As the new Ontario government begins to implement their election platform, many in the not-for-profit sector are taking a wait-and-see approach to plans and programs. Certainly, much of this is expected and indeed appropriate during a government transition – new spending and initiatives are on hold once the election writ is dropped and until the new government confirms their priorities for each ministry. This can happen quickly in some sectors and in others be a painfully long wait.
Boards of Directors of charities and not-for-profits may not be aware that another set of transitions is being considered by your senior staff leaders. The time is ripe for many senior leaders to evaluate their tenure at the head of their organization.
Ages & Stages
Has your Executive Director already been through more than one significant government change? Your ED may be well aware that funding opportunities, accountabilities, and program parameters can change drastically during this period. And, she may be thinking that now is an excellent time to change positions.
Or, is he at the age where retirement beckons? There are many baby boomers ready to retire and this transition may be the impetus needed for some to choose retirement over the uncertainty of the next few months.
The Role of the Board
Now is the time for Boards of Directors to engage their senior leaders in a strategic conversation about the prospects of your organization – not-for-profit or charity – over the short term. The key question is, does your organization have contingency plans if program support is postponed or canceled? The Board needs to work with senior leaders to ensure these plans are prepared and appropriately resourced.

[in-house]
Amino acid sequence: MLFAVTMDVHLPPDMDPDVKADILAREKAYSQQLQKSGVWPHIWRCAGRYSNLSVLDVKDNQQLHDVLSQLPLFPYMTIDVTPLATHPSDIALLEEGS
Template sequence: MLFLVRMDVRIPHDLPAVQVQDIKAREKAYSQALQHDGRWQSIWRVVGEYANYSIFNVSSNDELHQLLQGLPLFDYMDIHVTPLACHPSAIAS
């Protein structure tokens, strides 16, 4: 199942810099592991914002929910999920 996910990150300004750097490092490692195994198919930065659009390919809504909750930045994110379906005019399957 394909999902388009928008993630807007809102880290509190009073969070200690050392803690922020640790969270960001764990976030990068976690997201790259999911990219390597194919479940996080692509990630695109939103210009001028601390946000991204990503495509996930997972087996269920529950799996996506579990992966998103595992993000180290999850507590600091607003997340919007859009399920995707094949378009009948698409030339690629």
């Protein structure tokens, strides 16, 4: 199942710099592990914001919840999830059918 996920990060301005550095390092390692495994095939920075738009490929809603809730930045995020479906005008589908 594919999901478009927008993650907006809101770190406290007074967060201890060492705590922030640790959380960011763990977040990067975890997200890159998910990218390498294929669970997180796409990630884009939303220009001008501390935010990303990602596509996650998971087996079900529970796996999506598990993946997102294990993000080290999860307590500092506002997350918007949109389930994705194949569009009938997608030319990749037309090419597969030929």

This is also the ideal time to broach the subject of future plans for paid and voluntary leadership. Is your executive director ready and energized to lead the organization through the government transition? Regardless of the outcome of that conversation, Boards should be checking whether they have a succession plan for their executive director or if their succession plan has been updated recently. If the answer to any of these questions is no, the Board will need to take actions such as striking a working group or assigning responsibility to your HR Committee for creating or reviewing a succession plan as a priority agenda item.
If your executive director is ready to make a change, consider hiring an interim executive director as part of your succession plan. Typically, Boards of Directors underestimate the length of time it takes to hire a new executive director. Six months is a common time frame and if the initial search does not produce a good candidate, the search period may extend much longer.
Six months is a long time for an organization to be without leadership. Boards will, in many cases, assign “acting executive director” status to capable but fully employed senior staff or themselves take on the role during the search. The results are often less than optimal with staff and volunteers exhausted by the additional responsibilities or simply unable to devote the time and attention needed to fulfill the role.
Boards that understand both the ongoing needs of their not-for-profit or charity and the timelines for an executive search will opt for an interim executive director. Interim executive directors are seasoned, experienced, and focused on maintaining forward momentum during interim assignments. They ensure your Board can concentrate on the search for a new executive director who is a perfect long-term fit.